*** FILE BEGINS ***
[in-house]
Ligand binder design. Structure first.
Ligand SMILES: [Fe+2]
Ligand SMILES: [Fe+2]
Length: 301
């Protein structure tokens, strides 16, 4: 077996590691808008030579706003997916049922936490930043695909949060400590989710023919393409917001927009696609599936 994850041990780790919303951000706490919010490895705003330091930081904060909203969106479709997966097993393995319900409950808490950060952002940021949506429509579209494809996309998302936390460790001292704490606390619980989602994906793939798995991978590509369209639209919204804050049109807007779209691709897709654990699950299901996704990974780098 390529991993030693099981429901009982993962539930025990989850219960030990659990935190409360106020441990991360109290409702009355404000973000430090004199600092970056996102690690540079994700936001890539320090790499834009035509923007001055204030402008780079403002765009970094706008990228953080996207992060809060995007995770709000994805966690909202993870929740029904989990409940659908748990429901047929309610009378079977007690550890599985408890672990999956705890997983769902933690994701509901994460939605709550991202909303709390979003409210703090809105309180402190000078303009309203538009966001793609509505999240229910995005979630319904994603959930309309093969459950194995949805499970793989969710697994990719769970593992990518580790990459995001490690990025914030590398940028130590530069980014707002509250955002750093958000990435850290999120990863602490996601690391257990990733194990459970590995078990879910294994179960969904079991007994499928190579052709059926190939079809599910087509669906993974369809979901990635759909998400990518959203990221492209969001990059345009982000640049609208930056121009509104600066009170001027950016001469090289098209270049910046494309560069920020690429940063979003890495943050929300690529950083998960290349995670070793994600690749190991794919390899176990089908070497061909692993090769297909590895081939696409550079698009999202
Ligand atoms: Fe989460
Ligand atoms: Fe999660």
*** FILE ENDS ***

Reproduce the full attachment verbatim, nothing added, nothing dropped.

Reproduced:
[in-house]
Ligand binder design. Structure first.
Ligand SMILES: [Fe+2]
Ligand SMILES: [Fe+2]
Length: 301
């Protein structure tokens, strides 16, 4: 077996590691808008030579706003997916049922936490930043695909949060400590989710023919393409917001927009696609599936 994850041990780790919303951000706490919010490895705003330091930081904060909203969106479709997966097993393995319900409950808490950060952002940021949506429509579209494809996309998302936390460790001292704490606390619980989602994906793939798995991978590509369209639209919204804050049109807007779209691709897709654990699950299901996704990974780098 390529991993030693099981429901009982993962539930025990989850219960030990659990935190409360106020441990991360109290409702009355404000973000430090004199600092970056996102690690540079994700936001890539320090790499834009035509923007001055204030402008780079403002765009970094706008990228953080996207992060809060995007995770709000994805966690909202993870929740029904989990409940659908748990429901047929309610009378079977007690550890599985408890672990999956705890997983769902933690994701509901994460939605709550991202909303709390979003409210703090809105309180402190000078303009309203538009966001793609509505999240229910995005979630319904994603959930309309093969459950194995949805499970793989969710697994990719769970593992990518580790990459995001490690990025914030590398940028130590530069980014707002509250955002750093958000990435850290999120990863602490996601690391257990990733194990459970590995078990879910294994179960969904079991007994499928190579052709059926190939079809599910087509669906993974369809979901990635759909998400990518959203990221492209969001990059345009982000640049609208930056121009509104600066009170001027950016001469090289098209270049910046494309560069920020690429940063979003890495943050929300690529950083998960290349995670070793994600690749190991794919390899176990089908070497061909692993090769297909590895081939696409550079698009999202
Ligand atoms: Fe989460
Ligand atoms: Fe999660």